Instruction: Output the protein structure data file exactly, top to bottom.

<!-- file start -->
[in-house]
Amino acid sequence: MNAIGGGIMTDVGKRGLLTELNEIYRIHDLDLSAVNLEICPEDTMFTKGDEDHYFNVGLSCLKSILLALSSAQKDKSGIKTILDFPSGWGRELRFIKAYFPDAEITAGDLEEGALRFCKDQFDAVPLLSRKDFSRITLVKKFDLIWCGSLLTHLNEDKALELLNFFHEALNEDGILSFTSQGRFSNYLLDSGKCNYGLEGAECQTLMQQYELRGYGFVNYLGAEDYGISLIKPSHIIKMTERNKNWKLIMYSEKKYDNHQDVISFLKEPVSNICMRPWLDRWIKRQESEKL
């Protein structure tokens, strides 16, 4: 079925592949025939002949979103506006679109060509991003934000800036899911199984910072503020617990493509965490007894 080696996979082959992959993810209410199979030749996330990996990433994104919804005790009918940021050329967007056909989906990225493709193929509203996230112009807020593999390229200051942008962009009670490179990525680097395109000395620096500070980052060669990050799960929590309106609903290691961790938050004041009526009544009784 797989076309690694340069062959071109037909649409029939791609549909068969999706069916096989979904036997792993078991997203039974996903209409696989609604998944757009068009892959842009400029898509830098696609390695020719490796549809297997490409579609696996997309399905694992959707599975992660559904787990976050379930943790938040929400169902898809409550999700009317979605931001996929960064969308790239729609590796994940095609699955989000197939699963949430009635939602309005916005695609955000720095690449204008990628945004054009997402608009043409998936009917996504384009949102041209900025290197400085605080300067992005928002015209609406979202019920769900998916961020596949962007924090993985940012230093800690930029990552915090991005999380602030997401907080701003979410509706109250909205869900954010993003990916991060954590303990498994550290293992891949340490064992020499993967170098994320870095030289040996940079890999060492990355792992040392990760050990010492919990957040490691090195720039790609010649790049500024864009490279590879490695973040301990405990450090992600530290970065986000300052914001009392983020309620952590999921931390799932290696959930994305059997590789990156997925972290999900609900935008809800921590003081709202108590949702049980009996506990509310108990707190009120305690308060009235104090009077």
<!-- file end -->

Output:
[in-house]
Amino acid sequence: MNAIGGGIMTDVGKRGLLTELNEIYRIHDLDLSAVNLEICPEDTMFTKGDEDHYFNVGLSCLKSILLALSSAQKDKSGIKTILDFPSGWGRELRFIKAYFPDAEITAGDLEEGALRFCKDQFDAVPLLSRKDFSRITLVKKFDLIWCGSLLTHLNEDKALELLNFFHEALNEDGILSFTSQGRFSNYLLDSGKCNYGLEGAECQTLMQQYELRGYGFVNYLGAEDYGISLIKPSHIIKMTERNKNWKLIMYSEKKYDNHQDVISFLKEPVSNICMRPWLDRWIKRQESEKL
């Protein structure tokens, strides 16, 4: 079925592949025939002949979103506006679109060509991003934000800036899911199984910072503020617990493509965490007894 080696996979082959992959993810209410199979030749996330990996990433994104919804005790009918940021050329967007056909989906990225493709193929509203996230112009807020593999390229200051942008962009009670490179990525680097395109000395620096500070980052060669990050799960929590309106609903290691961790938050004041009526009544009784 797989076309690694340069062959071109037909649409029939791609549909068969999706069916096989979904036997792993078991997203039974996903209409696989609604998944757009068009892959842009400029898509830098696609390695020719490796549809297997490409579609696996997309399905694992959707599975992660559904787990976050379930943790938040929400169902898809409550999700009317979605931001996929960064969308790239729609590796994940095609699955989000197939699963949430009635939602309005916005695609955000720095690449204008990628945004054009997402608009043409998936009917996504384009949102041209900025290197400085605080300067992005928002015209609406979202019920769900998916961020596949962007924090993985940012230093800690930029990552915090991005999380602030997401907080701003979410509706109250909205869900954010993003990916991060954590303990498994550290293992891949340490064992020499993967170098994320870095030289040996940079890999060492990355792992040392990760050990010492919990957040490691090195720039790609010649790049500024864009490279590879490695973040301990405990450090992600530290970065986000300052914001009392983020309620952590999921931390799932290696959930994305059997590789990156997925972290999900609900935008809800921590003081709202108590949702049980009996506990509310108990707190009120305690308060009235104090009077």